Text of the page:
We aimed to evaluate the expression of amine oxidase-related proteins in metastatic breast cancer tissue and determine its clinical implication. A tissue microarray was constructed from a total of 126 metastatic breast tumors (31 bone metastases (24.6%), 36 brain metastases (28.6%), 11 liver metastases (8.7%), and 48 lung metastases (38.1%)). Immunohistochemical staining for amine oxidase-related proteins (lysyl oxidase, diamine oxidase, and monoamine oxidase A and B) was performed. In metastatic breast cancer tissue, lysyl oxidase (p = 0.001), tumoral diamine oxidase (p = 0.003), stromal diamine oxidase (p = 0.047), and stromal monoamine oxidase B (p = 0.002) were differentially expressed in different metastatic sites. Bone metastases showed low expression of lysyl oxidase, tumoral diamine oxidase, and stromal diamine oxidase. We observed high expression of lysyl oxidase in brain metastases, tumoral diamine oxidase in liver metastases, stromal diamine oxidase in lung metastases, and stromal monoamine oxidase B in bone metastases. Lysyl oxidase positivity was associated with progesterone receptor negativity (p = 0.001), and monoamine oxidase A positivity was associated with human epidermal growth factor receptor-2 negativity (p = 0.003) and the luminal A subtype (p = 0.003). On univariate analysis shorter overall survival was associated with stromal diamine oxidase negativity (p = 0.008), especially in lung metastases (p = 0.025), and stromal monoamine oxidase B positivity (p < 0.001). Stromal monoamine oxidase B positivity was an independent prognostic factor for shorter overall survival in multivariate Cox analysis (hazard ratio, 4.069; 95% confidence interval, 1.649–10.04; p = 0.002). Finally, in metastatic breast cancer, amine oxidase-related proteins were differentially expressed in a manner specific to metastatic site, and stromal monoamine oxidase B expression was correlated with prognosis.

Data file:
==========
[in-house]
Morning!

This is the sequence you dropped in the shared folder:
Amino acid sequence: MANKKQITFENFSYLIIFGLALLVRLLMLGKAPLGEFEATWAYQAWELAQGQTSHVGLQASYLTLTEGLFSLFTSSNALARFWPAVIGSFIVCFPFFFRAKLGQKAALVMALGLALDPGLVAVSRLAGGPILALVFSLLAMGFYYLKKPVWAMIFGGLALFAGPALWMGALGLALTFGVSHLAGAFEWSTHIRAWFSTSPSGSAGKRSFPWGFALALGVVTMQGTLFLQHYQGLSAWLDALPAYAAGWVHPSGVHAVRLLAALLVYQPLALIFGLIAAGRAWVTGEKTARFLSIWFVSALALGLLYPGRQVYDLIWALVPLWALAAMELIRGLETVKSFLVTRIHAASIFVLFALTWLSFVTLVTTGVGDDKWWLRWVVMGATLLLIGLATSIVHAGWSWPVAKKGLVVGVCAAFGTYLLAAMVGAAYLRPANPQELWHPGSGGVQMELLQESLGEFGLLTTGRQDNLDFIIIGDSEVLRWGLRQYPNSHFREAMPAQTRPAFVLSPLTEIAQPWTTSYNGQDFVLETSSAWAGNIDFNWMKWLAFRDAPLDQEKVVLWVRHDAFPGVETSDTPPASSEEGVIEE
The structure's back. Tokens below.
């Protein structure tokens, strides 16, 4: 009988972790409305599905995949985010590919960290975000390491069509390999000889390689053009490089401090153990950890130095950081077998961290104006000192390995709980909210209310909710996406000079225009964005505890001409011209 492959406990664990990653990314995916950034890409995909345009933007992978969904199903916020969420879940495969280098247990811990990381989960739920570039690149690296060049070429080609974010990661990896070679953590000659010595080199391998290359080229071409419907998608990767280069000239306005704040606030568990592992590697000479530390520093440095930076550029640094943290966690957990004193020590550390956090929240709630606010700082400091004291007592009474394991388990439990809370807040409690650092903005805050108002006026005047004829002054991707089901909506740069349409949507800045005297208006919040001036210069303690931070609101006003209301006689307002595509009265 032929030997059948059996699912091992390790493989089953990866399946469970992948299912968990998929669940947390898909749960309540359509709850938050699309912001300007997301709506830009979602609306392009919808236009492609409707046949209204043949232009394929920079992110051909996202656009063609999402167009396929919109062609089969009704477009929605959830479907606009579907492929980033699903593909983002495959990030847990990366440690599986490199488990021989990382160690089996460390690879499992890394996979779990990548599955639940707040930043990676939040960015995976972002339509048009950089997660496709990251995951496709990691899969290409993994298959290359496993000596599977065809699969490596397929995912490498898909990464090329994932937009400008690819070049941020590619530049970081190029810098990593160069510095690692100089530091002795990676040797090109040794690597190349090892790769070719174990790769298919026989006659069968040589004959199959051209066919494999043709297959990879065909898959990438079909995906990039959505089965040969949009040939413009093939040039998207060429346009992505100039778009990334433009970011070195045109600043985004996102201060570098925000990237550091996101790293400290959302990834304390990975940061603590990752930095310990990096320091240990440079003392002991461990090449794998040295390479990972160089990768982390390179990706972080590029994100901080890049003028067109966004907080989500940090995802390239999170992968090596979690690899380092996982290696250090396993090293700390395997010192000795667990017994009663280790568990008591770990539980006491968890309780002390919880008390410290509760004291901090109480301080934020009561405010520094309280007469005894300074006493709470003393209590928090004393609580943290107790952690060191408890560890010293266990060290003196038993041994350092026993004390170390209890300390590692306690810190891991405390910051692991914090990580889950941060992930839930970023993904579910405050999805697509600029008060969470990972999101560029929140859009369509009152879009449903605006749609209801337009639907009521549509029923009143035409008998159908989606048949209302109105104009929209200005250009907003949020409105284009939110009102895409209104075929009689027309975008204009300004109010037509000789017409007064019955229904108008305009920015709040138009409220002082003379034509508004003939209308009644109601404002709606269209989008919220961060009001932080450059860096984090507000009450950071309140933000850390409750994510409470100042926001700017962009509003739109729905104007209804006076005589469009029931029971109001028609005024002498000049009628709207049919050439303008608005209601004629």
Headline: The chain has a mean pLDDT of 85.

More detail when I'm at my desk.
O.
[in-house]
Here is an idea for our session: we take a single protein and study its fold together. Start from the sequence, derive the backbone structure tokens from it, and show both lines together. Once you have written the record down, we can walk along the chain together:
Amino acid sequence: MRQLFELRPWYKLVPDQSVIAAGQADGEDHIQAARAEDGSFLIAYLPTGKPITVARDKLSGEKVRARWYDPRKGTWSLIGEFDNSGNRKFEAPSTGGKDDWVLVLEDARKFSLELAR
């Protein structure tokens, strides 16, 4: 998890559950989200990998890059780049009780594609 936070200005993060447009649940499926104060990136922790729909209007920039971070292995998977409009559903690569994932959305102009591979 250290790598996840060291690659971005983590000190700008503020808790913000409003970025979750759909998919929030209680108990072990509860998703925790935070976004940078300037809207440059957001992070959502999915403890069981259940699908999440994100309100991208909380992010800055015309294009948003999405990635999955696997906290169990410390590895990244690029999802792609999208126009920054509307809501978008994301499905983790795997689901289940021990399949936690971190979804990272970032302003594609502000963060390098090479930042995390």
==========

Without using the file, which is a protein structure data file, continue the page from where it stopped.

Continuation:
All Science Journal Classification (ASJC) codes
- Cancer Research